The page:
Image 01

TobaccoReviews

Cigarettes Tobacco Reviews and News

Archive for the ‘Anti-Tobacco Laws’ Category

New York City Plans to Keep Tobacco Products Out of Sight

Monday, May 20th, 2013

New York City Enter any retail outlet or gas station in the country, and probabilities are the cigarettes will be in approximately the same place: at eye level, directly behind the cash register.

That is no coincidence. Cigarette manufacturers have worked tough, and paid enough, to make sure that cigarette displays take up the best spot. For instance in 2010 solely, the tobacco industry spend $370 million in payments to merchants to help secure the prime shelving area, in accordance to a survey presented by the Federal Trade Commission. It has also spent an extra $107 million on in-store marketing. “Every consumer product goods producer in the country would like to be there,” stated Kurt M. Ribisl, a lecturer at the University of North Carolina who analyses tobacco marketing. “Companies producing chips and Pepsi, all of them want that best space. But the tobacco industry is the winner.” Currently, that supremacy could be at risk in one of the country’s largest cigarette markets.

New York City Mayor Michael Bloomberg suggested a bill recently that would induce retailers to retain cigarettes out of sight until a customer asks for a package. The given law would efficiently demand retailers to hold smoking products in closed cupboards or boxes, rather than on the vibrant displays, called “power walls,” that are recognizable nearly almost everywhere in the US. A second bill would monitor the process of discounts and offers that producers have used to seek after customers and always keep retailers satisfied. It would suspend discount coupons and any of buy-one-get-one-free special offers for smoking products and get rid of strong discounts by assuring a price floor for each package. It is too earlier to ascertain whether or not one of these measures will come through the legislative procedure. Cigarette manufacturers and convenience store proprietors have attacked both suggestions claiming that they are unfair and perhaps unconstitutional. An industry legal action pushed the New York village of Haverstraw to rapidly cancel an identical ban passed last April. It is more uncertain is whether the policy would really end up in fewer people lighting up.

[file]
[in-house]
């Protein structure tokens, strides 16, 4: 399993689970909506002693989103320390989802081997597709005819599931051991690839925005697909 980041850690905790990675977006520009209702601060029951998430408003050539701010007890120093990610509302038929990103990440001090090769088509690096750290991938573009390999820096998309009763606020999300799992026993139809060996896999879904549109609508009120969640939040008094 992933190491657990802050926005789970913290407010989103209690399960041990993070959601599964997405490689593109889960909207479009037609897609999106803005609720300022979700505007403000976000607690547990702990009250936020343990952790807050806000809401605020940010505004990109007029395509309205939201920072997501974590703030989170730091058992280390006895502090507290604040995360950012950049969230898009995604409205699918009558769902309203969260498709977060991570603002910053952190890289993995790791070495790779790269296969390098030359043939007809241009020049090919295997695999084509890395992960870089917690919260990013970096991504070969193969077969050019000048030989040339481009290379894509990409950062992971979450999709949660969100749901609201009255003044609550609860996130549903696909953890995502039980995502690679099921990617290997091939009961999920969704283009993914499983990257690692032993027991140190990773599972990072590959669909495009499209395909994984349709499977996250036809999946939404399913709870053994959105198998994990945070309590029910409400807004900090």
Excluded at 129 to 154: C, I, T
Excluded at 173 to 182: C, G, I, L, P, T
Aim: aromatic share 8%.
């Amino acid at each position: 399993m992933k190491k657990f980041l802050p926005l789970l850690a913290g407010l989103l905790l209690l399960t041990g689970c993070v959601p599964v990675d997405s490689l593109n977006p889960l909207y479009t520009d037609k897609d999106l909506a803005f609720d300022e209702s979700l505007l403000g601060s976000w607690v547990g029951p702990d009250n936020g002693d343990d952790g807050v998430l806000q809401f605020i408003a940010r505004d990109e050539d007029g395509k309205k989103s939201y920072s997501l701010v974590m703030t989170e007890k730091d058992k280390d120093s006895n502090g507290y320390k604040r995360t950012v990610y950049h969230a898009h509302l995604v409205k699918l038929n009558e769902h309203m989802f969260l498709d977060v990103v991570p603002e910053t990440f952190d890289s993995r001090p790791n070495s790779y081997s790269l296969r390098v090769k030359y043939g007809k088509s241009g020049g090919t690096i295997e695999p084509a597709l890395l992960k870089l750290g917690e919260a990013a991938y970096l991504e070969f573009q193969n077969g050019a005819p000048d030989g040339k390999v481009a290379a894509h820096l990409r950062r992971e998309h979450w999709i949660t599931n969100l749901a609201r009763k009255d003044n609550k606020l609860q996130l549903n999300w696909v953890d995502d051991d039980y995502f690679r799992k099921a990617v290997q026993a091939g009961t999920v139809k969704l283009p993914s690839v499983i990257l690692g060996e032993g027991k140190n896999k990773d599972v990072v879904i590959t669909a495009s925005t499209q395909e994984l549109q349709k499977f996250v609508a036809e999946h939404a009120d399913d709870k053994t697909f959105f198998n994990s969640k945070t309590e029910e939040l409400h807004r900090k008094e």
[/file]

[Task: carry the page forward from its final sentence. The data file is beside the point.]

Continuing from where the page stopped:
Many nations, such as Ireland, Canada and Australia, have restrained retail tobacco displays, however most specialists state that the guidelines haven’t been ready long enough to understand whether they have had a solid effect. Opponents of the law state it will only bother smokers unnecessarily and make things more complicated for small scale businesses.

Cigarette Packs New Legislation Soon, the UAE Ministry of Health

Friday, November 9th, 2012

cheap ok cigsThe UAE Ministry of Health is likely to introduce new anti-tobacco ordinances with a view to discourage inhabitants from smoking tobacco products. The third clause of the federal Tobacco Control Law No.25 of 2009 relates to the statutory warnings on OK cigarette packets. The new laws are likely to make it compulsory to cover half of the surface place of the cigarette packages with health risk smoking warnings including pictures of a snake, a pregnant woman and a diseased hand holding a burning cig.